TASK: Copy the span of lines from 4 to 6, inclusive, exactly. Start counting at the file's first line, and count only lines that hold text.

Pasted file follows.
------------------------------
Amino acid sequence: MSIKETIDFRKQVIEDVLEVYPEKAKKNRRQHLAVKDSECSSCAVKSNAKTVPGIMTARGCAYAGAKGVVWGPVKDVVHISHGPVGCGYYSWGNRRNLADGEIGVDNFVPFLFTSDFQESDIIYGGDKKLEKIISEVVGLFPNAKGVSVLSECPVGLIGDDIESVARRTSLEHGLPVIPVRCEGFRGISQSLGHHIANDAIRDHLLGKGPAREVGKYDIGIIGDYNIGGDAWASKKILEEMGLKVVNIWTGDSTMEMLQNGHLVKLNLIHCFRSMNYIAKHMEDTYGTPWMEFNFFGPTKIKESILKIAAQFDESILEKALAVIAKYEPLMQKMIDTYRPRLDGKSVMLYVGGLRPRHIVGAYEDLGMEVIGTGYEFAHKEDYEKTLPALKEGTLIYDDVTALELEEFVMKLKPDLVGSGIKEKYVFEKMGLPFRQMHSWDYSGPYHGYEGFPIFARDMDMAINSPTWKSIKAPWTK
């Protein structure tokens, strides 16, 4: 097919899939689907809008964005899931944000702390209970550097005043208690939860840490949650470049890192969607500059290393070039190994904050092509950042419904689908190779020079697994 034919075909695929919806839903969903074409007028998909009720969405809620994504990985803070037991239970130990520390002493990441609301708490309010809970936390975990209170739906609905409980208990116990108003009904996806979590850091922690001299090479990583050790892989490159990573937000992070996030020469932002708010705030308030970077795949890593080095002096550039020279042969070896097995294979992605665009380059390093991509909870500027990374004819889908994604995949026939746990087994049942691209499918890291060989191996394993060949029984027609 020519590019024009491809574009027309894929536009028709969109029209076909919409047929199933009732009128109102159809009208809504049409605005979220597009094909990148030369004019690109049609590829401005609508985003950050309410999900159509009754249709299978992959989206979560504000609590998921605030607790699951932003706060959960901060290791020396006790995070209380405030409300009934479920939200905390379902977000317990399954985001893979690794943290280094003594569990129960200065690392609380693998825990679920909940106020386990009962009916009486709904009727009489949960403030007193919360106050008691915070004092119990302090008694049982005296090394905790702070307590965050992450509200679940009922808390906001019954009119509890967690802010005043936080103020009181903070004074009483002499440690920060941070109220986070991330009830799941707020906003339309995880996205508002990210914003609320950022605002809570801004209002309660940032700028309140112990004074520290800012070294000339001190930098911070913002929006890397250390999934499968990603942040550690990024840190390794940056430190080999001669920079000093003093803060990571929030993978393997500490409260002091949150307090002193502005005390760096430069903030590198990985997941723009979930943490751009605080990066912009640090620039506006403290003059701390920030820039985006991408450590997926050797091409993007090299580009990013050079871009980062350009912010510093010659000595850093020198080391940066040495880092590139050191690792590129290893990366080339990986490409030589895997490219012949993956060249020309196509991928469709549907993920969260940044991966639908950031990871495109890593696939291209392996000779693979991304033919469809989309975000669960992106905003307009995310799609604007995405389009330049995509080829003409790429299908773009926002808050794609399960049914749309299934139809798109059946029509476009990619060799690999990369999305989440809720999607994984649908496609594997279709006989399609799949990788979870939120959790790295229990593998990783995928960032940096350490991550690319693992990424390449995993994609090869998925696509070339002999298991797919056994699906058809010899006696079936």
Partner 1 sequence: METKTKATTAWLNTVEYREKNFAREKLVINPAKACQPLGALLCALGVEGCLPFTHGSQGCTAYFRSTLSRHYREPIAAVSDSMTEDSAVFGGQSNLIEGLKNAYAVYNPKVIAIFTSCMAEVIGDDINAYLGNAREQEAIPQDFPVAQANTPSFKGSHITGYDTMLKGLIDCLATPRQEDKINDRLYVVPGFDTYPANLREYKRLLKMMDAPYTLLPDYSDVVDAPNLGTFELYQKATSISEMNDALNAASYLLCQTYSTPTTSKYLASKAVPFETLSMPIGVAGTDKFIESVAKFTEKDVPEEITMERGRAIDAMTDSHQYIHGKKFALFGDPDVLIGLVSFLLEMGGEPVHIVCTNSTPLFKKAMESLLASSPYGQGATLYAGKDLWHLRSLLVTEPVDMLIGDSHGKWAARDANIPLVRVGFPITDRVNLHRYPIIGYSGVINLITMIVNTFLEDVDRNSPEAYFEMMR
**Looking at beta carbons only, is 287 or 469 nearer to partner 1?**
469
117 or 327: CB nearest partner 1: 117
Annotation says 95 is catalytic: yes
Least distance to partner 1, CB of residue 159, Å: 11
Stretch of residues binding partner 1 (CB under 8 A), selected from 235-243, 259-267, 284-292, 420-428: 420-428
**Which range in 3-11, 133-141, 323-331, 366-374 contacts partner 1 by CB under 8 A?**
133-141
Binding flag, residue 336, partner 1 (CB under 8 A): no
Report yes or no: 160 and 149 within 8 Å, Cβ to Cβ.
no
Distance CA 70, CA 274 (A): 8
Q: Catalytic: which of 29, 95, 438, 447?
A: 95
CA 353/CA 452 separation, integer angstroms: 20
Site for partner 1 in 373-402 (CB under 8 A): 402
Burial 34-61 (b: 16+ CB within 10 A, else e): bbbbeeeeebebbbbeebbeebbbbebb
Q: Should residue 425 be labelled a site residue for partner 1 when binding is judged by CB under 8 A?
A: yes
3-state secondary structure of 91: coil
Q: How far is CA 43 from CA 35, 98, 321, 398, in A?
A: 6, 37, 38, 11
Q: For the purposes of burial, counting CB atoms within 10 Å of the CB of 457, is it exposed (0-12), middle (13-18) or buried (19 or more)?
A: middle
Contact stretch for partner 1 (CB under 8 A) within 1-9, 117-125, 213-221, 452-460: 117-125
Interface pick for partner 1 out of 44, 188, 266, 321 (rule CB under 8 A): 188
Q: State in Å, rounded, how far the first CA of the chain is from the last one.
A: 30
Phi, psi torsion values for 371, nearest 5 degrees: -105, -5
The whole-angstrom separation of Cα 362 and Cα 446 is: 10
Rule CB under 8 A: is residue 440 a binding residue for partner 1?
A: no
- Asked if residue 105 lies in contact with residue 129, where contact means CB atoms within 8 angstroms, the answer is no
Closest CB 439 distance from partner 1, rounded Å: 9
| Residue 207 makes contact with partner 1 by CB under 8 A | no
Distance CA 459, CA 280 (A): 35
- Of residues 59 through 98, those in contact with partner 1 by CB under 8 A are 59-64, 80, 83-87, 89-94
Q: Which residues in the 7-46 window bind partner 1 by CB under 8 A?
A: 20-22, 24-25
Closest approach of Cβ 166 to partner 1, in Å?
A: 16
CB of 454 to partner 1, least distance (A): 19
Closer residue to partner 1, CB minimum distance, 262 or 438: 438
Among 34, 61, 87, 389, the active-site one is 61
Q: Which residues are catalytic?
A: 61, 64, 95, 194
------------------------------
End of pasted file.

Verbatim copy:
**Looking at beta carbons only, is 287 or 469 nearer to partner 1?**
469
117 or 327: CB nearest partner 1: 117